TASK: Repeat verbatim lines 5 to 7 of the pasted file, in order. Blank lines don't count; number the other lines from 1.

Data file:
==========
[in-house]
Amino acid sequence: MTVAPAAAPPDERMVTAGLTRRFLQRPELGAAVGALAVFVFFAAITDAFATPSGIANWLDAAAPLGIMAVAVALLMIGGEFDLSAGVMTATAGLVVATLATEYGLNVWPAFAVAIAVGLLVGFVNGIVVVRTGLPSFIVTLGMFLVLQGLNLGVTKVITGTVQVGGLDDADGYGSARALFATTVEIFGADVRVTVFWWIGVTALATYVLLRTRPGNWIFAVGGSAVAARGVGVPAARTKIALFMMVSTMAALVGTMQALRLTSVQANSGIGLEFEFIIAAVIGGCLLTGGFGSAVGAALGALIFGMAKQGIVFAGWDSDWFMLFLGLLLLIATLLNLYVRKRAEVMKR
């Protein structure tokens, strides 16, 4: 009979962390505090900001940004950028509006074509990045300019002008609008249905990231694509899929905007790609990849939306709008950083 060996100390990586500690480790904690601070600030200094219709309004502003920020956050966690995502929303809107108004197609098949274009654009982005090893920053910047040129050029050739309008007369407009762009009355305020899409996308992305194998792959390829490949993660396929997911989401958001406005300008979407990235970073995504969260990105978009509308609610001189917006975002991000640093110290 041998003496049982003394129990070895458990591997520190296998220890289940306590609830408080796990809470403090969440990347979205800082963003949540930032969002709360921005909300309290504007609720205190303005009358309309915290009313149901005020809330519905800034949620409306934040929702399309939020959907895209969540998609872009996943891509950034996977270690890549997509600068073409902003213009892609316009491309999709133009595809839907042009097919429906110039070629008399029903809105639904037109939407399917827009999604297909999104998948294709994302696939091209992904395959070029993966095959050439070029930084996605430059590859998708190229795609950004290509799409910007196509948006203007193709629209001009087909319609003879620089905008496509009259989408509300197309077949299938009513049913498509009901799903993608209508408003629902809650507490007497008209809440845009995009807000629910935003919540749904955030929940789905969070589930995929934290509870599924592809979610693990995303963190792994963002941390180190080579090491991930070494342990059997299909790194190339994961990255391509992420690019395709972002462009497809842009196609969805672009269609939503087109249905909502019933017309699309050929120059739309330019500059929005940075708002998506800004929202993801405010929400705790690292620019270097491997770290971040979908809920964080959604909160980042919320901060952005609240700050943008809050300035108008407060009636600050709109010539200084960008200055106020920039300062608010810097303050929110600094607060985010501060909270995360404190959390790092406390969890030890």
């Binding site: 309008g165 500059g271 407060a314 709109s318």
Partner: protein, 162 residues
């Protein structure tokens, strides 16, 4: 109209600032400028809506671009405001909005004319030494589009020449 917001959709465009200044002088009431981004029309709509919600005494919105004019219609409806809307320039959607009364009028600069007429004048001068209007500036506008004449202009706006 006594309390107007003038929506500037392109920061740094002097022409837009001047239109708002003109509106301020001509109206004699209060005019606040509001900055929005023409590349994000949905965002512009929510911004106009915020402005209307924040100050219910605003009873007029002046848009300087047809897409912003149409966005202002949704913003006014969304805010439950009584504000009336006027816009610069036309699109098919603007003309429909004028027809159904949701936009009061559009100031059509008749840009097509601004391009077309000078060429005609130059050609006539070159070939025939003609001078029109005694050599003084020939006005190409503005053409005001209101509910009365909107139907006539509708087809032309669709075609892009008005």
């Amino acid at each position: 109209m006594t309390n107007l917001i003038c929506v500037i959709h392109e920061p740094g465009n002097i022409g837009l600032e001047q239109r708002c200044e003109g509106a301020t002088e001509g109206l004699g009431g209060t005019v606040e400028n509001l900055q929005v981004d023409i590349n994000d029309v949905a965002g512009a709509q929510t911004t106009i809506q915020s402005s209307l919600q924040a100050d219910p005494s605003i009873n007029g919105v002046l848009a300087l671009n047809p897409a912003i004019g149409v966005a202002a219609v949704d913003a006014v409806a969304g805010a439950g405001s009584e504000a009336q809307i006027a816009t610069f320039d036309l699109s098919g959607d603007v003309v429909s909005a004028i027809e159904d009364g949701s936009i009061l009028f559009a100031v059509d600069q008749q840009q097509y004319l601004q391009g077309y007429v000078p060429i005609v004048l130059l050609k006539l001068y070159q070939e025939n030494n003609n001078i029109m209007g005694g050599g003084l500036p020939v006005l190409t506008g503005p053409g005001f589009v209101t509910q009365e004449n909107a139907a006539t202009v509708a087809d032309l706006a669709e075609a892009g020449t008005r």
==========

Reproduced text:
Partner: protein, 162 residues
């Protein structure tokens, strides 16, 4: 109209600032400028809506671009405001909005004319030494589009020449 917001959709465009200044002088009431981004029309709509919600005494919105004019219609409806809307320039959607009364009028600069007429004048001068209007500036506008004449202009706006 006594309390107007003038929506500037392109920061740094002097022409837009001047239109708002003109509106301020001509109206004699209060005019606040509001900055929005023409590349994000949905965002512009929510911004106009915020402005209307924040100050219910605003009873007029002046848009300087047809897409912003149409966005202002949704913003006014969304805010439950009584504000009336006027816009610069036309699109098919603007003309429909004028027809159904949701936009009061559009100031059509008749840009097509601004391009077309000078060429005609130059050609006539070159070939025939003609001078029109005694050599003084020939006005190409503005053409005001209101509910009365909107139907006539509708087809032309669709075609892009008005």
């Amino acid at each position: 109209m006594t309390n107007l917001i003038c929506v500037i959709h392109e920061p740094g465009n002097i022409g837009l600032e001047q239109r708002c200044e003109g509106a301020t002088e001509g109206l004699g009431g209060t005019v606040e400028n509001l900055q929005v981004d023409i590349n994000d029309v949905a965002g512009a709509q929510t911004t106009i809506q915020s402005s209307l919600q924040a100050d219910p005494s605003i009873n007029g919105v002046l848009a300087l671009n047809p897409a912003i004019g149409v966005a202002a219609v949704d913003a006014v409806a969304g805010a439950g405001s009584e504000a009336q809307i006027a816009t610069f320039d036309l699109s098919g959607d603007v003309v429909s909005a004028i027809e159904d009364g949701s936009i009061l009028f559009a100031v059509d600069q008749q840009q097509y004319l601004q391009g077309y007429v000078p060429i005609v004048l130059l050609k006539l001068y070159q070939e025939n030494n003609n001078i029109m209007g005694g050599g003084l500036p020939v006005l190409t506008g503005p053409g005001f589009v209101t509910q009365e004449n909107a139907a006539t202009v509708a087809d032309l706006a669709e075609a892009g020449t008005r």